Since England remains the chief opponent of Israel in the Near East, an alliance with England’s Near East rival, France, appeals to the “Realpolitiker” of the Israeli government. France, which was completely eliminated from the power politics of the Near East, is making a comeback. The “power politicians” feel that neither the U.S. nor Russia will object too seriously to such an alliance. This remains to be seen.

Vatican Intervenes

Final peace in Palestine, however, is far off. The big question, of course, is that of boundaries. The Arab states cannot accept anything less than the partition boundaries if they are to save a little face. The attitude of the U.S. – the determining power – is still undetermined. The U.S. is officially committed not to accept any changes in boundaries not acceptable to Israel.

At the same time, the State Department insists that any addition to the original partition boundaries must be “compensated” by concessions in other areas. Israel, however, has officially and categorically rejected the original resolution of November 29, 1947, and insists that the present boundaries be the basis for discussion.

The question of Jerusalem is another, and perhaps the most difficult, obstacle. Were the matter left to the Jews and Abdullah, the issue would easily be settled by dividing the city. However, the Vatican has begun a world-wide campaign for internationalizing the city. This has caused a number of shifts.

Russia, which had insisted on internationalization, now, as a result of its struggle with the Catholic Church, may favor partition, even though the Old City would probably go to Abdullah, an English puppet. The U.S., having made the Vatican its ally in Eastern Europe, is under great pressure to reverse its previous position, from favoring division to favoring internationalization.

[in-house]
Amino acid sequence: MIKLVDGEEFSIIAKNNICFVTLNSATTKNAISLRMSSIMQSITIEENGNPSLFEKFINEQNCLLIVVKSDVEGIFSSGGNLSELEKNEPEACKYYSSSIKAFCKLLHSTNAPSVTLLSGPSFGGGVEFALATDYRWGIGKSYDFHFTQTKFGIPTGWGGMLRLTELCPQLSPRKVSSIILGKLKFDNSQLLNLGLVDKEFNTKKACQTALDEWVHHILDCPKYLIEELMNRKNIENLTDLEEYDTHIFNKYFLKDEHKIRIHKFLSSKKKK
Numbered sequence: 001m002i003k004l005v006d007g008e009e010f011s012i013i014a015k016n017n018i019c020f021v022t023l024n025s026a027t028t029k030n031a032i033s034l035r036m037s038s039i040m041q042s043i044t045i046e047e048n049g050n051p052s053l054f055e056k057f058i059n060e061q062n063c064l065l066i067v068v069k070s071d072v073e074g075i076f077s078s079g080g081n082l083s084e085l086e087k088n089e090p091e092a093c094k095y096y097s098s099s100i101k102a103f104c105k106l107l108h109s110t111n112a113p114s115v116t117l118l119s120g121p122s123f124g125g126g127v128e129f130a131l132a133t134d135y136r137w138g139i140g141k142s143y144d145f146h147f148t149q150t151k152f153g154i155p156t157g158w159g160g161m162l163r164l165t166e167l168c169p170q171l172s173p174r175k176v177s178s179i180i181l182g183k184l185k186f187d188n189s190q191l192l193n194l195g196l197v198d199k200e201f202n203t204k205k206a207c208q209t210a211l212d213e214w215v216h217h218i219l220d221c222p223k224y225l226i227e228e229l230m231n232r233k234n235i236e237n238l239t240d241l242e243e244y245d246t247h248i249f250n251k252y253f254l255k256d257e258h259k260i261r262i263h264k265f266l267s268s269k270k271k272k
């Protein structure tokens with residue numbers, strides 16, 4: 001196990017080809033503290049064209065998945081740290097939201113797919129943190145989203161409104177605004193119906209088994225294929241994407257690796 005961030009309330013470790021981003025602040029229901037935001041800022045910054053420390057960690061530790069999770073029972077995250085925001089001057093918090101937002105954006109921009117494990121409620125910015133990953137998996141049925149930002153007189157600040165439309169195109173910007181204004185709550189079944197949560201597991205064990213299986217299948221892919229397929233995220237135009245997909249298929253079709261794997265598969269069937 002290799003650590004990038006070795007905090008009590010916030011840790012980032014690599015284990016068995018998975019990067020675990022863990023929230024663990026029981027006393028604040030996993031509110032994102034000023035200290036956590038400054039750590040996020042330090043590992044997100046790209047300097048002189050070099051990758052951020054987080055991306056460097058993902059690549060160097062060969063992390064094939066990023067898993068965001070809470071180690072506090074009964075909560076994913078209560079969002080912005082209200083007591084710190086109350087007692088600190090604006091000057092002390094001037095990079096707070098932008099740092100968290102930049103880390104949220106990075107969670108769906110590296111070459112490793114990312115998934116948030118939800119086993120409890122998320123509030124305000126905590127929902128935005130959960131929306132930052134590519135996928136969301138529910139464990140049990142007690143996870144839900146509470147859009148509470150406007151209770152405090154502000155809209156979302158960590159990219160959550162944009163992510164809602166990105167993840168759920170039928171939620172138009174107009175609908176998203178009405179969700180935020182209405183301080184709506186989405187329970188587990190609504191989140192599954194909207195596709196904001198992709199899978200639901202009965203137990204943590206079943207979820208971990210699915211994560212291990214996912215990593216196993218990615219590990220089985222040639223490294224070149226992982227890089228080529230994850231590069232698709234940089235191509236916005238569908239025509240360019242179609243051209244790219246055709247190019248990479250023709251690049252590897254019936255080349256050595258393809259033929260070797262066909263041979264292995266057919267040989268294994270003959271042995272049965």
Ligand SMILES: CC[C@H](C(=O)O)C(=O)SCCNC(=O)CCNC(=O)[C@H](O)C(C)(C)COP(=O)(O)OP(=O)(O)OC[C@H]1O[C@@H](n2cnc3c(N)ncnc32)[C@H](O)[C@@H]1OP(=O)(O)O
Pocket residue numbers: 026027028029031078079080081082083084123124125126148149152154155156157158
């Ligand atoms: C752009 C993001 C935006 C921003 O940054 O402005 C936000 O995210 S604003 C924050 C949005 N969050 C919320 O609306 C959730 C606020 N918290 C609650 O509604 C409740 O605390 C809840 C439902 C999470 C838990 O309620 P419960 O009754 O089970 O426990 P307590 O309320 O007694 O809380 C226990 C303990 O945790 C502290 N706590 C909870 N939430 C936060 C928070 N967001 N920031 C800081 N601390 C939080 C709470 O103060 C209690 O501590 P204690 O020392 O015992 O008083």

Miss Call Tto Near East

Another problem is the fate of Arab Palestine. Arab Palestine is now occupied by Abdullah, who has proclaimed the Hashemite Jordan Kingdom, with the obvious intention of incorporating Arab Palestine into his realm. But now it is reported that Abdullah’s “protector,” the British Foreign Office, is opposed to the deal. They fear that Abdullah will be strengthened too greatly and will be better able to pursue his own dynastic ambitions, even when they do not coincide with British imperialist interests.

The proposal currently receiving the blessings of the imperialists is for an independent Arab Palestine with Abdullah as monarch of both Transjordania and the new Arab state. This has another plan of to some extent complying with the letter of the original partition plan.

The lack of a clear-cut proposal by the imperialists for the fate of Arab Palestine offers a real opportunity to the Israeli labor movement to “awaken” the Near East by a proposal for a People’s Federation of the Near East. Unfortunately, the labor leaders are so addicted to diplomacy that they do not even think in these terms.

The bankruptcy of this “diplomatic” and “realistic” policy becomes obvious when one realizes that the “Realpolitiker” of Israel’s Foreign Office despair of peace in the near future. This was indicated by Foreign Minister Sharret’s statement that Israel “does not feel that signatures on a pact are necessary before peace conditions begin to take effect, as long as those states involved make a public declaration, attested to by the United Nations.”